Picasso’s An Artist (1968)
Michael Fried in his recent book on Caravaggio had an important insight that we have discussed before in “Over-the-Shoulder Poses.” It may be worth reading that entry first. He argues that Renaissance and Baroque paintings with a single half-length figure reaching towards the edge of the image, as Picasso's artist does below, are often substitutes for the artist even though in Fried's examples they do not appear to be painters. He claims the actual artist is looking in a mirror set up at a right-angle to the easel. They then turn their head to look in the mirror (that is, out at us in the painting) to paint their portrait. What we then see in the painting is what the artist saw in the mirror.
Fried's insight is totally convincing but he failed to see meaning in the form. In painting what they see in the mirror, the entire surface of the painting becomes a mirror which is an age-old metaphor for the mind. From St. Augustine onwards the creation of man in the image of God meant that the human mind was a vestige of the Trinity and that to see the image of God, the original imago Dei, human beings had to turn inwards to their own mind rather than out to the "real" world. In the Middle Ages man's mind was a mirror reflecting God. This meant, of course, that the mirror had to be positioned correctly, kept clean and pure, in order to see God clearly.1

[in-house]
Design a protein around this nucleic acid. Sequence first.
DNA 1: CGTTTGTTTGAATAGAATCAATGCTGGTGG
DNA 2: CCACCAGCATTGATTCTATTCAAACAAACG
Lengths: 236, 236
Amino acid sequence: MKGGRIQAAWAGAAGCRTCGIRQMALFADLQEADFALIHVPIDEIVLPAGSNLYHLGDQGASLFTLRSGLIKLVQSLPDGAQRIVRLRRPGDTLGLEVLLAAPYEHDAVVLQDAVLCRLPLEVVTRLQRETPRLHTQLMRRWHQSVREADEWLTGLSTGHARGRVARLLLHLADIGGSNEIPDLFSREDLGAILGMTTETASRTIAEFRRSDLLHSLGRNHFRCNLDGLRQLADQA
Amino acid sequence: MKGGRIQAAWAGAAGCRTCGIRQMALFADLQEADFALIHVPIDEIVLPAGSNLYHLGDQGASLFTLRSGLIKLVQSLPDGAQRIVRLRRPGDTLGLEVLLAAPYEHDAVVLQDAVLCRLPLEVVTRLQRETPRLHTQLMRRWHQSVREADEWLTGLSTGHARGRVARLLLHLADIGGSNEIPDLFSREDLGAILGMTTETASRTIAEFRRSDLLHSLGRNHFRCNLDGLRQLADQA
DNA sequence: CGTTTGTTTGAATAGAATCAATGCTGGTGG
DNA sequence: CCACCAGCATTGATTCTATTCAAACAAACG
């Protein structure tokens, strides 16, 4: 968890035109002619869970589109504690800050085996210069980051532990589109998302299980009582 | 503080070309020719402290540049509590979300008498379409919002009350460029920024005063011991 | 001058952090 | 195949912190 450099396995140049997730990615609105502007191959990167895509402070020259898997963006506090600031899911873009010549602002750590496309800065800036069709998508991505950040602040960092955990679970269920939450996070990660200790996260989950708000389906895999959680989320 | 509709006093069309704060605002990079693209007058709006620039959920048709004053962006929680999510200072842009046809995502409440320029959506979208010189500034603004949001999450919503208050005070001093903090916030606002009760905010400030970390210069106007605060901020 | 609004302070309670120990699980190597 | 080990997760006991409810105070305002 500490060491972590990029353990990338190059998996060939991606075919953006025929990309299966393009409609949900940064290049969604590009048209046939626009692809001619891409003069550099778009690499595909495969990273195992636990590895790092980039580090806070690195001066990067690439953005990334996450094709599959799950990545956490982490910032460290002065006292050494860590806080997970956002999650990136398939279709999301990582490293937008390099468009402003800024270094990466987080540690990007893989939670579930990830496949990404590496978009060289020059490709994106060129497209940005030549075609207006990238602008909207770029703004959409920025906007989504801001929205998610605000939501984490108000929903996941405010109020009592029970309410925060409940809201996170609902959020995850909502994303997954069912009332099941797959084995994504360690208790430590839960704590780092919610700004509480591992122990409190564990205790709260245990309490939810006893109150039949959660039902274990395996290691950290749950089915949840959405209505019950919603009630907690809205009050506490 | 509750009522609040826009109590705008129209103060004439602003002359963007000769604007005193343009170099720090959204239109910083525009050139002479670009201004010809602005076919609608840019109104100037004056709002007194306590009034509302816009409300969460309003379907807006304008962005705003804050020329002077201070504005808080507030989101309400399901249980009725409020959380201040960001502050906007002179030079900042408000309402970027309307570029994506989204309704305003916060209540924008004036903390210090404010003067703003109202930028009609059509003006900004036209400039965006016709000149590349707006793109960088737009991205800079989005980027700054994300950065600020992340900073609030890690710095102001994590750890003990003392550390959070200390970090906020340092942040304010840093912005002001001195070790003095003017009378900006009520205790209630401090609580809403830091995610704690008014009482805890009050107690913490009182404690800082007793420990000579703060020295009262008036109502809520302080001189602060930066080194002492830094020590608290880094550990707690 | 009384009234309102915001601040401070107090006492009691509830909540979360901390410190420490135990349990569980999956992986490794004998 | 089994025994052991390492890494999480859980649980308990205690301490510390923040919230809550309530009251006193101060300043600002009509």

Picasso knew much of this from art alone and demonstrated it in image after image. Here is a late portrait of an artist facing his easel yet instead of turning his head to look in the mirror (and out at us), only his eye does so even though the eyelashes face left. The lower eye is real; the other his mind's eye, further evidence that we are looking in a mirror.
See conclusion below
More Works by Picasso
Ignore the title of a painting; they can lead you far astray
Just like Michelangelo's, Picasso's women are masculine too....here's how and why.
What looks like nonsense from Picasso - pregnant men with breasts - make sense if you see it the way Picasso did.
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